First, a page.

As Virginia’s state government, community colleges and the University of Virginia shrink away from plastic products, two local retail outlets are focusing on helping area residents follow the same path.
Dogwood Refillery held a weekend grand opening for its store on Zan Road at Seminole Square Shopping Center, while Staunton-based Refill Renew is only weeks away from opening its storefront on Allied Street, near C’ville Coffee.
Both stores are following retail models made popular in Europe and Washington state and Oregon, in which customers bring their own containers to fill with soap, cleansers, cleaners or other products.
“I was always Earth friendly and when I moved to Charlottesville six years ago, everyone I knew was environmentally concerned. It seemed like that’s just what Virginia did,” said Alex Theriault, owner and proprietor of Dogwood Refillery.
“... I was working at Apex Clean Energy, so I was around a lot of like-minded people. I wanted to make changes and I would try and find alternatives. I was always looking for a solution, but when it came to plastic, I couldn’t just say, ‘do this.’ Plastic is everywhere,” she said Sunday.
The idea of refilling came up in her research and stuck in her mind. At first, she liked the idea. Then she wished there was a refillery in town. Then she decided to open one.
“I started to do some research and my fiancé and I started talking about it. I said I thought I wanted to do this, and he said he was in,” Theriault said. “So far, this is day two of the grand opening and it’s exciting that people who have heard about it are coming in. They’re saying thank you for doing this, and I’m saying thank you for coming in here.”
Dogwood Refillery offers refills and other low-waste products to replace plastics. Theriault said her priorities are that ingredients first be non-toxic to people, pets and the environment, followed by high quality and effectiveness.
She seeks local, women- and minority-owned suppliers, such as The Freckled Farm Soap Co. and withSimplicity cosmetics and skin care.
Theriault is not alone in her concern. The single-use plastic problem has garnered international attention. In March, Gov. Ralph Northam ordered state agencies, including universities, to go 100% non-medical-use plastic-free by the end of 2025.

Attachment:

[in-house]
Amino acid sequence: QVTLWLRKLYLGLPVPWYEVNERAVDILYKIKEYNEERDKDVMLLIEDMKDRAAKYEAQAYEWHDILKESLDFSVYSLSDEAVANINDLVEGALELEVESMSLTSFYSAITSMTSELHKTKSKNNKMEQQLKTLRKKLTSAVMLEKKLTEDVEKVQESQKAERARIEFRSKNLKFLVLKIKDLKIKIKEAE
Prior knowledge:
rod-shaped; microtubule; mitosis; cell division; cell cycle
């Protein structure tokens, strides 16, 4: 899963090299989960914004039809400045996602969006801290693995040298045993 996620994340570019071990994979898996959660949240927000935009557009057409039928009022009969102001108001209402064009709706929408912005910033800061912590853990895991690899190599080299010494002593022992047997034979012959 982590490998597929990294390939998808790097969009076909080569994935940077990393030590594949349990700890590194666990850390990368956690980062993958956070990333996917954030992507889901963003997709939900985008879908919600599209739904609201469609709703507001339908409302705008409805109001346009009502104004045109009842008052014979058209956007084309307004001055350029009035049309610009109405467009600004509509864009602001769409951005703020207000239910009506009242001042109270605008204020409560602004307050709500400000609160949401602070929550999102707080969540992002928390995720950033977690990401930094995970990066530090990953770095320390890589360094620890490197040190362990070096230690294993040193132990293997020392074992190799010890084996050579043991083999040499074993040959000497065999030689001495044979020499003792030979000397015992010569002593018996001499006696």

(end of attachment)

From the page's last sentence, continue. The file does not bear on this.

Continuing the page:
From shopping bags to utensils, all use-once-and-throw-away plastic items are being cut back or cut out completely at UVa, including plastic water bottles and plastic trash bag liners.
Concessions and national-brand items with plastic containers will be phased out by December 2022.
It isn’t just governments and small businesses that are looking to cut down on plastics. International corporation Unilever — which owns such brands as Breyers, Lipton, Axe, Ben and Jerry’s and Noxzema — is interested in the refilling concept.
Unilever officials are looking at different methods of refilling, from bulk containers at grocery stores to deposit-return setups. While eyeing ways to decrease packaging, officials also noted that the growing consumer concern is a business opportunity.
“This is a really exciting area and one where we’re aiming to take a leading role,” said Richard Slater, Unilever’s chief research and development officer, in a statement. “We’re trailing various approaches to tackle the issue, as there is unlikely to be a one-size-fits-all solution. We’re determined to make a real difference on the plastics challenge, and so we’ll continue to experiment and to test, learn and refine.”
For Staunton’s Refill Renew, the concept has already has proven itself. After almost three years in business, the shop is expanding into Charlottesville, where it already has loyal customers. The store is expected to open the first week of September.
“About three years ago, Staunton eliminated their plastic recycling program and it was the impetus for us to get into this game,” said Mandy Drumheller, of Refill Renew. “We knew there had to be a better way to get products into your home without having to throw plastic away.”
The store has a combination of specialty bulk products and brand-name products.
“It’s been a very successful run here in Staunton, which is the whole reason we wanted to move into other places. If it works in downtown Staunton, it will work in bigger cities,” Drumheller said. “Charlottesville is close enough that I can run two stores at the same time. We also have loyal customers who for years have come over the mountain to shop with us and fill their bottles. It only makes sense to open a store that’s close to where they are.”